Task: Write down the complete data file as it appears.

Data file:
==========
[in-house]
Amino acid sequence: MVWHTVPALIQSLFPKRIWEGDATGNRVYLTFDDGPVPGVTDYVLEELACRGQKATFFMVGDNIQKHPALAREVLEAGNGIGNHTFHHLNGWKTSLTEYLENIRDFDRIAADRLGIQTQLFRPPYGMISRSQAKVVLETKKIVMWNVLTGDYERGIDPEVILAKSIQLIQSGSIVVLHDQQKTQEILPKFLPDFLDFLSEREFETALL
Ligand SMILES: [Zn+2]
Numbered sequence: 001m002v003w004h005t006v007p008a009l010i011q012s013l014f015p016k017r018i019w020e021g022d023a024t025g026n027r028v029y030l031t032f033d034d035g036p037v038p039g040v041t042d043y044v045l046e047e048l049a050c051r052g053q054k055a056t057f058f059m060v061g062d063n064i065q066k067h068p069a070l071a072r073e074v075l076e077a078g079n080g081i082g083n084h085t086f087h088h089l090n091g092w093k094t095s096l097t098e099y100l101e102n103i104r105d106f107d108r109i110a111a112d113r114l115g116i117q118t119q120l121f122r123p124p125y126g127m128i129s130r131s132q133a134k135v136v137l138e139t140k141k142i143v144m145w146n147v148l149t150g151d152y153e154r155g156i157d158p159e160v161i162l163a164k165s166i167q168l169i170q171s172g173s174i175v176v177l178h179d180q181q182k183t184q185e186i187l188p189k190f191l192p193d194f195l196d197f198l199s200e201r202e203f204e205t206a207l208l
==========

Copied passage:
[in-house]
Amino acid sequence: MVWHTVPALIQSLFPKRIWEGDATGNRVYLTFDDGPVPGVTDYVLEELACRGQKATFFMVGDNIQKHPALAREVLEAGNGIGNHTFHHLNGWKTSLTEYLENIRDFDRIAADRLGIQTQLFRPPYGMISRSQAKVVLETKKIVMWNVLTGDYERGIDPEVILAKSIQLIQSGSIVVLHDQQKTQEILPKFLPDFLDFLSEREFETALL
Ligand SMILES: [Zn+2]
Numbered sequence: 001m002v003w004h005t006v007p008a009l010i011q012s013l014f015p016k017r018i019w020e021g022d023a024t025g026n027r028v029y030l031t032f033d034d035g036p037v038p039g040v041t042d043y044v045l046e047e048l049a050c051r052g053q054k055a056t057f058f059m060v061g062d063n064i065q066k067h068p069a070l071a072r073e074v075l076e077a078g079n080g081i082g083n084h085t086f087h088h089l090n091g092w093k094t095s096l097t098e099y100l101e102n103i104r105d106f107d108r109i110a111a112d113r114l115g116i117q118t119q120l121f122r123p124p125y126g127m128i129s130r131s132q133a134k135v136v137l138e139t140k141k142i143v144m145w146n147v148l149t150g151d152y153e154r155g156i157d158p159e160v161i162l163a164k165s166i167q168l169i170q171s172g173s174i175v176v177l178h179d180q181q182k183t184q185e186i187l188p189k190f191l192p193d194f195l196d197f198l199s200e201r202e203f204e205t206a207l208l